Kent Austin knows a little bit about what losing streaks do to Riderville.
The current Hamilton Tiger-Cats head coach played quarterback for the Saskatchewan Roughriders for seven seasons, then returned to coach the team to the 1997. He’s won two titles while wearing the green and white — there’s a parking lot named after him at the stadium — but he also endured his share criticism: There were a pair of four-game losing streaks as a player and another three-gamer as coach.
“Oh boy,” he said, when asked about the reaction in Regina. “It wasn’t pretty.”
And it isn’t pretty now.
With an 0-4 start to start the 2015 season, the pressure is building on head coach Corey Chamblin. Twice in the last two weeks, watermelon-covered eyebrows have shot up after the former Ticats defensive co-ordinator lashed out in the media, first at fans, then at his own players.
“There are two podiums waiting at the end of the year, a championship podium or a cross. I’m prepared for either one,” Chamblin said on July 22. “So to be honest, I don’t give a damn about (the criticism).”
Then, after the second of back-to-back losses to the B.C. Lions last weekend, Chamblin seemed to shift responsibility for the mounting losses from the coaching staff to the players.
“I can sit and take all the blame, but it’s not all my blame,” Chamblin said. “Same thing with the players. It’s about us; it’s truly about us. I told them (Friday) each man has to look in the mirror and see where they can get better.”
The Riders are something of a statistical dichotomy. They are averaging league-bests in both points (30.5 per game) and total offence (504 yards) while also surrendering a league-high 33.5 points per game on defence.
They’ve turned the ball over just six times — only B.C. has less with three — but are still dead last in turnover ratio at minus-4. Then there’s this: The four losses have come by a total of 12 points combined.
But if the Riders deserve better than the schneid they are currently sitting on, there are some roster issues that could prove difficult to fix. The team’s Canadian talent — already thin to start the season — has been ravaged by injury, forcing Chamblin into all kinds of tough ratio decisions.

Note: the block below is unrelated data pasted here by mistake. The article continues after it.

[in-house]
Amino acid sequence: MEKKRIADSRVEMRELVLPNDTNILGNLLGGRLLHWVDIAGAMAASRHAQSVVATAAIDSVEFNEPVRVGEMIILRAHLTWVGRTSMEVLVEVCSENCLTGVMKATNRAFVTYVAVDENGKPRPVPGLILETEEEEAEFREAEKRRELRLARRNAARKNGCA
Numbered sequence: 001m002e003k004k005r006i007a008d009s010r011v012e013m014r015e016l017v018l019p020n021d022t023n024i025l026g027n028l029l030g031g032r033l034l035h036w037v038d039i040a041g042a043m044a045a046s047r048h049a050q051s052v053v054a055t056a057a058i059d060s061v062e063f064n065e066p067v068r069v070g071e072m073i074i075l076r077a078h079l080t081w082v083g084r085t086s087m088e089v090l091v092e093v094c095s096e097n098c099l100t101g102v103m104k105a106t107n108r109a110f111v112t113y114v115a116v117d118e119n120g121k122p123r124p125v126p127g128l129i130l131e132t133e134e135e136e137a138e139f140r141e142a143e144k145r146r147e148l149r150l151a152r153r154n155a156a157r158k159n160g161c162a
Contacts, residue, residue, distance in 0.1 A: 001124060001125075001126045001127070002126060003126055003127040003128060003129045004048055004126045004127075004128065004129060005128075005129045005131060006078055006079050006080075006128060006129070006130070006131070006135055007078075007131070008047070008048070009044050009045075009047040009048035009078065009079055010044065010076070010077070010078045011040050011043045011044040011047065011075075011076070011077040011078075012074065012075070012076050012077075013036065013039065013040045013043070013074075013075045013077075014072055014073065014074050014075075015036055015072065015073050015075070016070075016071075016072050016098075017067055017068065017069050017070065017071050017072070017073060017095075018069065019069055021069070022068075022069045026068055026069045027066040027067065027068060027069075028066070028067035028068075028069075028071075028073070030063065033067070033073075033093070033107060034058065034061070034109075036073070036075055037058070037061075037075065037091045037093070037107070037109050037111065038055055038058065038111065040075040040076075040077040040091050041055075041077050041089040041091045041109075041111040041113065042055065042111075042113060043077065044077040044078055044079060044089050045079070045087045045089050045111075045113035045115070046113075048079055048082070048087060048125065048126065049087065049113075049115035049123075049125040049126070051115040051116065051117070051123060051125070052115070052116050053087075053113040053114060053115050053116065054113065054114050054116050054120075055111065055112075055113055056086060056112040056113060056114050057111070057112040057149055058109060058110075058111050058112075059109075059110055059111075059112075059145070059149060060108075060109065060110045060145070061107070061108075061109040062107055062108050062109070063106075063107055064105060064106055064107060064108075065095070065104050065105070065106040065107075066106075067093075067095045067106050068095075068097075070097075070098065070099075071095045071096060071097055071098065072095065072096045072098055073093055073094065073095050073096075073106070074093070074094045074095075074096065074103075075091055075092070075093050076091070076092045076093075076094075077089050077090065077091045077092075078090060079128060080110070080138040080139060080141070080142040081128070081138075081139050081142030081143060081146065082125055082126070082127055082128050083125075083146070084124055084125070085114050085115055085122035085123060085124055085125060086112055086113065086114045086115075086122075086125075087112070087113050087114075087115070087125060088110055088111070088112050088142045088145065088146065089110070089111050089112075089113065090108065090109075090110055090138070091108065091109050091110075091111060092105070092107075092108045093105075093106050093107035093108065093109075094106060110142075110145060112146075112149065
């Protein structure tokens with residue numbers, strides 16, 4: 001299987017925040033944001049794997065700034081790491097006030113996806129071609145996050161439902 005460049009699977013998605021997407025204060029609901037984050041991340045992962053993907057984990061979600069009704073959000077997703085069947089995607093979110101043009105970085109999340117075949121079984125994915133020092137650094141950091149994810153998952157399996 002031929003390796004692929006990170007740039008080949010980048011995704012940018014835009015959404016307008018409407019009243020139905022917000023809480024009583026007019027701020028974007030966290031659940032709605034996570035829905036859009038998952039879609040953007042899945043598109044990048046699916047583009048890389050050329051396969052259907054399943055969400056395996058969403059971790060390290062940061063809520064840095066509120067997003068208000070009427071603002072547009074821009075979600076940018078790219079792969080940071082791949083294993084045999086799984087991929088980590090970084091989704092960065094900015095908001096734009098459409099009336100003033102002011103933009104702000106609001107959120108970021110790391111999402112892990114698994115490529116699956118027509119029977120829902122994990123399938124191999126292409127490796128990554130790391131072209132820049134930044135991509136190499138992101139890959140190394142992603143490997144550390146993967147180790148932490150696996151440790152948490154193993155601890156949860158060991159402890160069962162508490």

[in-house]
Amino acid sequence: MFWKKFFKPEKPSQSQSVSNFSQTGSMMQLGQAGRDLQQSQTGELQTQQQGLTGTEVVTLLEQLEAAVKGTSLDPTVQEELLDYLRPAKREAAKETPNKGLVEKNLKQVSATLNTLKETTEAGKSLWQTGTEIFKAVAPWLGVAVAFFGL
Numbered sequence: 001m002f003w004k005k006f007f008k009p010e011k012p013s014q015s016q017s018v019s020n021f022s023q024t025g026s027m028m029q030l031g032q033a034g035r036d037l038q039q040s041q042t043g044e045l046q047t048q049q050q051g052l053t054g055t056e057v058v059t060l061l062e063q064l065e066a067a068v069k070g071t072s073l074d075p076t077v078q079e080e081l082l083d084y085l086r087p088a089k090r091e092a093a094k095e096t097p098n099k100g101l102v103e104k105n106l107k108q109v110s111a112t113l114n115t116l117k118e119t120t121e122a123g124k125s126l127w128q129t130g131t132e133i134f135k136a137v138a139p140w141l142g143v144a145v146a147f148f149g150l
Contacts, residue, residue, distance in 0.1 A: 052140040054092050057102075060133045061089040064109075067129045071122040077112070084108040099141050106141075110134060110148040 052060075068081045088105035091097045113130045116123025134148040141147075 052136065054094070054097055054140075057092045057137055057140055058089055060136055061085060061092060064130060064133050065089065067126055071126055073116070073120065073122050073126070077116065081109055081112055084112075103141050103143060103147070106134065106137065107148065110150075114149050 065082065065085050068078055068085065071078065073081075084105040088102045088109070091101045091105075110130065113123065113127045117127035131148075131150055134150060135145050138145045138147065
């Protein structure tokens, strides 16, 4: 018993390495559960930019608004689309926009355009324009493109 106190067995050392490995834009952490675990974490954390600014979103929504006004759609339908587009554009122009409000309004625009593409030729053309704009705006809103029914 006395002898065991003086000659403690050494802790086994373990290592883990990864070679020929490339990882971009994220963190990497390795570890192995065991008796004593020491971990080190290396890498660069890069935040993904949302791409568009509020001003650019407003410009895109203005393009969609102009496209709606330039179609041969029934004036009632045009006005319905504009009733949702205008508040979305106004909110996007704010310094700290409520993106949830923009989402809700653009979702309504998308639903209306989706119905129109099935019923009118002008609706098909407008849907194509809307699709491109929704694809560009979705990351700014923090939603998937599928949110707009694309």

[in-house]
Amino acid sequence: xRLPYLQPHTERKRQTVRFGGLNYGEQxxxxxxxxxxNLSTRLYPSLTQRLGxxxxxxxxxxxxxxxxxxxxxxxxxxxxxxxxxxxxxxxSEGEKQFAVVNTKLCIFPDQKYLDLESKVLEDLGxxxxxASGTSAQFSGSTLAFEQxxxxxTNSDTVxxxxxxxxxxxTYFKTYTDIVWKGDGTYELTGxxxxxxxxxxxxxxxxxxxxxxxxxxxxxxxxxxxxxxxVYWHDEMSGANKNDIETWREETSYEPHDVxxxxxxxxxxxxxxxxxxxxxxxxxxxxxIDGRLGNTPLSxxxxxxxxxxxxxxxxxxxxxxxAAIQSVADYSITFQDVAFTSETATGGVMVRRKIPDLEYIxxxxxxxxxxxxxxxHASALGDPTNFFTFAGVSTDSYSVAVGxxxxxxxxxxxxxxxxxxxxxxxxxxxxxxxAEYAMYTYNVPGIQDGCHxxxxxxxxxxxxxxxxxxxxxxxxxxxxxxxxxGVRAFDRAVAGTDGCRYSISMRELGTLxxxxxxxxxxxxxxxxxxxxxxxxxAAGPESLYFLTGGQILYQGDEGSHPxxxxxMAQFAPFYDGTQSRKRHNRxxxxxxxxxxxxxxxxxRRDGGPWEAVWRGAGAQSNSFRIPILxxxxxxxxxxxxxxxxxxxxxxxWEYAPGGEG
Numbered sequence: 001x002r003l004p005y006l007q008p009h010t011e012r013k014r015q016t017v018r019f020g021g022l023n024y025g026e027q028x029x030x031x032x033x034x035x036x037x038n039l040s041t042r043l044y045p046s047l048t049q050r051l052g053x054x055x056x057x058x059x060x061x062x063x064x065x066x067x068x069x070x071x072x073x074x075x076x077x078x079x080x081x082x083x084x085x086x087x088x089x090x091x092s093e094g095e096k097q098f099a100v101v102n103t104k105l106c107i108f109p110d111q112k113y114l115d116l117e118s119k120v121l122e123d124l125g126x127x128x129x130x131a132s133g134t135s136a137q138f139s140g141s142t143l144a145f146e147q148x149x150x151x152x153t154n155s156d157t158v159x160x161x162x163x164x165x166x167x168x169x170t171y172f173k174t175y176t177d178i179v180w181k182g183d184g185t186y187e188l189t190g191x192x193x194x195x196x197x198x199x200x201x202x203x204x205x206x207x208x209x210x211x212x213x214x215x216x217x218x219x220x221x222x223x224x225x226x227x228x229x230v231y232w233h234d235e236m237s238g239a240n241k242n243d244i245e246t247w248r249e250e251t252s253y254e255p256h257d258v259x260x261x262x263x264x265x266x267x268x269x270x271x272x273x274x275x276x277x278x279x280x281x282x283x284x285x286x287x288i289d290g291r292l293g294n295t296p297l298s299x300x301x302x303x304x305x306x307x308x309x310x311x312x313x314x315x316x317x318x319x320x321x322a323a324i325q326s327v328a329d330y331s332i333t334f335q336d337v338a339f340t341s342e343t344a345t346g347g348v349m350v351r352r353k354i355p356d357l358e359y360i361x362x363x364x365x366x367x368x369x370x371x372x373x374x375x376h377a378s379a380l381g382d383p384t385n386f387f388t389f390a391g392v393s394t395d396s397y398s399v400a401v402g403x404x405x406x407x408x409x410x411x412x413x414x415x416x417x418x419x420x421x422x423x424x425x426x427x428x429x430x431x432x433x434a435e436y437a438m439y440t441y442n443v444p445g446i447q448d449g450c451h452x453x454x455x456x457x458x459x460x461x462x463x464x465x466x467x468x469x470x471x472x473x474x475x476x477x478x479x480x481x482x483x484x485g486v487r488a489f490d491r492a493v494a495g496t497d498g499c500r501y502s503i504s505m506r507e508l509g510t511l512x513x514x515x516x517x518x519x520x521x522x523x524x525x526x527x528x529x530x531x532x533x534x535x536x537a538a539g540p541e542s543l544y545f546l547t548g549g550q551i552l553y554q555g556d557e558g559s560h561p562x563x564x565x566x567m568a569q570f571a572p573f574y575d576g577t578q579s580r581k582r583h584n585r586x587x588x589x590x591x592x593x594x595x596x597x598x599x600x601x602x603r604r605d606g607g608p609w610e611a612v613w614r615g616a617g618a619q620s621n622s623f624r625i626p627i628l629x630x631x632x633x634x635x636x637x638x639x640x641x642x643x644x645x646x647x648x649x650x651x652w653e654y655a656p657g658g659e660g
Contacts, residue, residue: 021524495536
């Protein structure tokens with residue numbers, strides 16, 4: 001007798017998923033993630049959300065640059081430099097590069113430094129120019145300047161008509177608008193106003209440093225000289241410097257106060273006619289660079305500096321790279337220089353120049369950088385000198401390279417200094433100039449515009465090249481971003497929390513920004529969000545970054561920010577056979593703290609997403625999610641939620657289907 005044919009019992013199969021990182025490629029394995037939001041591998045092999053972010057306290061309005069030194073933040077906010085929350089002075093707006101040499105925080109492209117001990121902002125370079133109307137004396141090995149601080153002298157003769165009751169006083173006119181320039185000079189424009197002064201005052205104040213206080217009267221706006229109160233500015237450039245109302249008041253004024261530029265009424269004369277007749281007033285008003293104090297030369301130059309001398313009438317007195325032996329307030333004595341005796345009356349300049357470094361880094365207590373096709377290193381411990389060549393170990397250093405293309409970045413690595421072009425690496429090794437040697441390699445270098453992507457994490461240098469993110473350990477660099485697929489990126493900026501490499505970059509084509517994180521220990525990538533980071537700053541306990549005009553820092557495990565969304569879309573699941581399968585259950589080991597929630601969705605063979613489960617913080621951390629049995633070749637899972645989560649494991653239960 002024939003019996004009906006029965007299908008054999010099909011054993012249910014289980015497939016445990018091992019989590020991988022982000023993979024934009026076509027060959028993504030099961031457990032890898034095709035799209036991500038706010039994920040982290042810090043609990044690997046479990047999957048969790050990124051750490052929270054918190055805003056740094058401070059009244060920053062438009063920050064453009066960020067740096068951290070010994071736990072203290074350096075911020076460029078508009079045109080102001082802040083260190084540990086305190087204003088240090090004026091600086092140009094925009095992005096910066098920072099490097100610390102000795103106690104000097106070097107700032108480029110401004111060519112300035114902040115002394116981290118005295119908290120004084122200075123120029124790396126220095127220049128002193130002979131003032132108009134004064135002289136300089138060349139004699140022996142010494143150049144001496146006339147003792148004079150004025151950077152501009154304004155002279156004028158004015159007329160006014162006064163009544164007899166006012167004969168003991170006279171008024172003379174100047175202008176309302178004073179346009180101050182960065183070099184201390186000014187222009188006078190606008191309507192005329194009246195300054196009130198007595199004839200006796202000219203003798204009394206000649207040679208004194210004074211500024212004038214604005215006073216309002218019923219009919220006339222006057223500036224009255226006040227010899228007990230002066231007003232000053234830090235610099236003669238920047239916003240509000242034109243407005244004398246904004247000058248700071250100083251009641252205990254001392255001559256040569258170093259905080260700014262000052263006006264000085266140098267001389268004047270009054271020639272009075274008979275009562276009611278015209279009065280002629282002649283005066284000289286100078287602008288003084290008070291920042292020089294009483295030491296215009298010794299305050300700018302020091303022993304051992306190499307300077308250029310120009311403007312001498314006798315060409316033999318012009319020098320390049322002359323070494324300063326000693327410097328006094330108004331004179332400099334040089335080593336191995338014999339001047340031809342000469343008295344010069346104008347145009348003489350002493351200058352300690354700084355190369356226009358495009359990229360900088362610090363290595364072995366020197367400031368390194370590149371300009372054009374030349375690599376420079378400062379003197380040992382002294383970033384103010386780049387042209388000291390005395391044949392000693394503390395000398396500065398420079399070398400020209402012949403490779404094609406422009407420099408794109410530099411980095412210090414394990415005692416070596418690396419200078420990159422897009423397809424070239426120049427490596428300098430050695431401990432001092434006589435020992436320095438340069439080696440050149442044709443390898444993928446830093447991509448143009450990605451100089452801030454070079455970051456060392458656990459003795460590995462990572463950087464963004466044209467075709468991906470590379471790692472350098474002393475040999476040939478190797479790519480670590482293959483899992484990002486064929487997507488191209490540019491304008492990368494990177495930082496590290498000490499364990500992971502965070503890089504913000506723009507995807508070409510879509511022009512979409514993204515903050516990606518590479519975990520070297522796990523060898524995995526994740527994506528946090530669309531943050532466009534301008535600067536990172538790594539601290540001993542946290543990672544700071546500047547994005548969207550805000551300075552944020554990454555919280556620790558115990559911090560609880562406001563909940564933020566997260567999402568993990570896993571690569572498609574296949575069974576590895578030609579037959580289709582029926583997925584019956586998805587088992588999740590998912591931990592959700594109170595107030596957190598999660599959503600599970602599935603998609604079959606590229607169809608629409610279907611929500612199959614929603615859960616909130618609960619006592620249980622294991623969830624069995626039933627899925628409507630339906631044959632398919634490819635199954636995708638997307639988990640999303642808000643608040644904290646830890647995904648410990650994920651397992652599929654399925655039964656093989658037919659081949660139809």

Defensive tackle Rory Connop may develop into an outstanding player, but asking a 2015 third-round draft pick to start four games into his rookie season is less than ideal.
And the schedule will do the Riders no favours the rest of the way. Sunday’s game against the Ticats will be the fourth played at Mosaic Stadium this season, meaning Saskatchewan will be on the road for eight of their last 13 contests.
They have two games remaining against both Calgary and Edmonton — generally thought to be the top clubs in the West — and just dropped a pair to B.C., a team they may need to catch to make the playoffs.
If there’s an upside to all this it’s that both Chamblin and quarterback Kevin Glenn will have no trouble circling the wagons inside the Riders dressing room: Glenn, in particular, thrives in us-against-the-world mode. There’s zero indication that Chamblin, who received a vote of confidence from general manager Brendan Taman this week, has lost the room.
As for the fans … well, consider them a house divided. While there’s been plenty of support for Chamblin and his 2015 squad, there’s been plenty of vitriol expressed as well. And so it goes in Rider Nation, as Austin well knows.
“The thing that’s great about it is that you’d rather your fans be invested. You have to take the good with the bad and believe in yourself and the staff, which I know Corey does,” Austin said. “They’ll get things turned around — hopefully not against us.
“It comes with the territory.”